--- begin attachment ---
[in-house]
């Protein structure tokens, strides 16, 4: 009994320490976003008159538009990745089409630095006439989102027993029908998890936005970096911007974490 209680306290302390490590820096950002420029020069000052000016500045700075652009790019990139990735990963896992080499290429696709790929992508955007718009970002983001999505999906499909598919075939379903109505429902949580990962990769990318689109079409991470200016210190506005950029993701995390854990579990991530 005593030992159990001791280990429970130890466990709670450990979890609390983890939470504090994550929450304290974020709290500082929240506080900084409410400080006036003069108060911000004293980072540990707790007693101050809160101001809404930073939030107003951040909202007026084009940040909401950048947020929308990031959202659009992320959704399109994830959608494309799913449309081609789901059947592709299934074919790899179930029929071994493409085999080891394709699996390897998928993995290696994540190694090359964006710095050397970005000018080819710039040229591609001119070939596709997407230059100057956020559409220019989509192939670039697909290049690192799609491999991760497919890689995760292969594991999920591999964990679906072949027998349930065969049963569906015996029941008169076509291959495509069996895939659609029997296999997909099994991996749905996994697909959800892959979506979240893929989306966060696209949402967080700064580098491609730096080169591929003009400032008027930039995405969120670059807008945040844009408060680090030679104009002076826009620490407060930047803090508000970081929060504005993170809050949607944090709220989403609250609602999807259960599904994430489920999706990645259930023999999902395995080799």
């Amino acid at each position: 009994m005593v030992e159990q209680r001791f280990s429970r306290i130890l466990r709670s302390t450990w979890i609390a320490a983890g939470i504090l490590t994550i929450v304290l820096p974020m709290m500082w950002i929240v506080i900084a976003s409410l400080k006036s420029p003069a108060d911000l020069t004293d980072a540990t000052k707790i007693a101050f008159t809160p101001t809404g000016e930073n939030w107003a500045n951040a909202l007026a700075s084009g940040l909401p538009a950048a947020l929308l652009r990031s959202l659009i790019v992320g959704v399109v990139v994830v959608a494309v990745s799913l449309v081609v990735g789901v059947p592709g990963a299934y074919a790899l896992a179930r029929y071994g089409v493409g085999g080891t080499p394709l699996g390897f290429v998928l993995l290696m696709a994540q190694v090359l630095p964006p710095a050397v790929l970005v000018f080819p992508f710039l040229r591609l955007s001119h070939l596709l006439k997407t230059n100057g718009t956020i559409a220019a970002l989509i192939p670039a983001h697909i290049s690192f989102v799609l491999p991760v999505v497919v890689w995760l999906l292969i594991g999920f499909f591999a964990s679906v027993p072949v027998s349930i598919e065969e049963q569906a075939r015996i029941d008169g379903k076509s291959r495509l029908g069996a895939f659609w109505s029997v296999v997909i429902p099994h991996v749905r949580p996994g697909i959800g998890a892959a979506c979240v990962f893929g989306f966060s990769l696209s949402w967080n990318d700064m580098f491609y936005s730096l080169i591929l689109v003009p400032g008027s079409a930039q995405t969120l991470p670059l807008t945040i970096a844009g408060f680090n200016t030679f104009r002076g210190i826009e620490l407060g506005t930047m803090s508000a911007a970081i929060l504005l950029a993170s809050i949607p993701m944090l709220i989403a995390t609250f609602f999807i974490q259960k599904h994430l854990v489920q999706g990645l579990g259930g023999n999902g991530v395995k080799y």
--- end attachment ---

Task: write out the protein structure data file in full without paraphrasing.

[in-house]
């Protein structure tokens, strides 16, 4: 009994320490976003008159538009990745089409630095006439989102027993029908998890936005970096911007974490 209680306290302390490590820096950002420029020069000052000016500045700075652009790019990139990735990963896992080499290429696709790929992508955007718009970002983001999505999906499909598919075939379903109505429902949580990962990769990318689109079409991470200016210190506005950029993701995390854990579990991530 005593030992159990001791280990429970130890466990709670450990979890609390983890939470504090994550929450304290974020709290500082929240506080900084409410400080006036003069108060911000004293980072540990707790007693101050809160101001809404930073939030107003951040909202007026084009940040909401950048947020929308990031959202659009992320959704399109994830959608494309799913449309081609789901059947592709299934074919790899179930029929071994493409085999080891394709699996390897998928993995290696994540190694090359964006710095050397970005000018080819710039040229591609001119070939596709997407230059100057956020559409220019989509192939670039697909290049690192799609491999991760497919890689995760292969594991999920591999964990679906072949027998349930065969049963569906015996029941008169076509291959495509069996895939659609029997296999997909099994991996749905996994697909959800892959979506979240893929989306966060696209949402967080700064580098491609730096080169591929003009400032008027930039995405969120670059807008945040844009408060680090030679104009002076826009620490407060930047803090508000970081929060504005993170809050949607944090709220989403609250609602999807259960599904994430489920999706990645259930023999999902395995080799």
């Amino acid at each position: 009994m005593v030992e159990q209680r001791f280990s429970r306290i130890l466990r709670s302390t450990w979890i609390a320490a983890g939470i504090l490590t994550i929450v304290l820096p974020m709290m500082w950002i929240v506080i900084a976003s409410l400080k006036s420029p003069a108060d911000l020069t004293d980072a540990t000052k707790i007693a101050f008159t809160p101001t809404g000016e930073n939030w107003a500045n951040a909202l007026a700075s084009g940040l909401p538009a950048a947020l929308l652009r990031s959202l659009i790019v992320g959704v399109v990139v994830v959608a494309v990745s799913l449309v081609v990735g789901v059947p592709g990963a299934y074919a790899l896992a179930r029929y071994g089409v493409g085999g080891t080499p394709l699996g390897f290429v998928l993995l290696m696709a994540q190694v090359l630095p964006p710095a050397v790929l970005v000018f080819p992508f710039l040229r591609l955007s001119h070939l596709l006439k997407t230059n100057g718009t956020i559409a220019a970002l989509i192939p670039a983001h697909i290049s690192f989102v799609l491999p991760v999505v497919v890689w995760l999906l292969i594991g999920f499909f591999a964990s679906v027993p072949v027998s349930i598919e065969e049963q569906a075939r015996i029941d008169g379903k076509s291959r495509l029908g069996a895939f659609w109505s029997v296999v997909i429902p099994h991996v749905r949580p996994g697909i959800g998890a892959a979506c979240v990962f893929g989306f966060s990769l696209s949402w967080n990318d700064m580098f491609y936005s730096l080169i591929l689109v003009p400032g008027s079409a930039q995405t969120l991470p670059l807008t945040i970096a844009g408060f680090n200016t030679f104009r002076g210190i826009e620490l407060g506005t930047m803090s508000a911007a970081i929060l504005l950029a993170s809050i949607p993701m944090l709220i989403a995390t609250f609602f999807i974490q259960k599904h994430l854990v489920q999706g990645l579990g259930g023999n999902g991530v395995k080799y």